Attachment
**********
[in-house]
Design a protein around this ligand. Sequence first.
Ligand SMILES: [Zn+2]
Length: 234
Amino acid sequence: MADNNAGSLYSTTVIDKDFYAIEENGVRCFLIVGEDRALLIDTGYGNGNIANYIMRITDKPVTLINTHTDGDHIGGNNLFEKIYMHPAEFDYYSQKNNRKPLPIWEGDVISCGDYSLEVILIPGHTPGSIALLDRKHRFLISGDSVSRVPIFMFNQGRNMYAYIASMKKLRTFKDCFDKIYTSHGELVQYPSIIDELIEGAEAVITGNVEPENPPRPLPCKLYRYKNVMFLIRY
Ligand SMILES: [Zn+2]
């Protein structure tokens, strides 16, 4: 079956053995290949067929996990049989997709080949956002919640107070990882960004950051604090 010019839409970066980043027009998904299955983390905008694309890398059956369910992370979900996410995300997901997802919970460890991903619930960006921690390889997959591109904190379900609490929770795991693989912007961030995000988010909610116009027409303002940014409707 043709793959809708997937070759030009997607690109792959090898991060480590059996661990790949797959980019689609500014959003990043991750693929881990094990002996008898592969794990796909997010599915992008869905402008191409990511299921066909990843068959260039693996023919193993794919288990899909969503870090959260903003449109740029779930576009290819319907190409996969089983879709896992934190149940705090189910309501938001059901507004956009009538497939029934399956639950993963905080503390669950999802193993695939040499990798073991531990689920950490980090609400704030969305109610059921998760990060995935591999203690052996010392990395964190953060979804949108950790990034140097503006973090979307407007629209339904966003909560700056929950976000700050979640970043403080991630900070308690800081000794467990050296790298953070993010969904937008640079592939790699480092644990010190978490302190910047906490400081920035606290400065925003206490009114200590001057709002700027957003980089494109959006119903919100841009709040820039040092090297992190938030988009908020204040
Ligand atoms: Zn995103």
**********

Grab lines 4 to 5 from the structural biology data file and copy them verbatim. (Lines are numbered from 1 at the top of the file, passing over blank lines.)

Length: 234
Amino acid sequence: MADNNAGSLYSTTVIDKDFYAIEENGVRCFLIVGEDRALLIDTGYGNGNIANYIMRITDKPVTLINTHTDGDHIGGNNLFEKIYMHPAEFDYYSQKNNRKPLPIWEGDVISCGDYSLEVILIPGHTPGSIALLDRKHRFLISGDSVSRVPIFMFNQGRNMYAYIASMKKLRTFKDCFDKIYTSHGELVQYPSIIDELIEGAEAVITGNVEPENPPRPLPCKLYRYKNVMFLIRY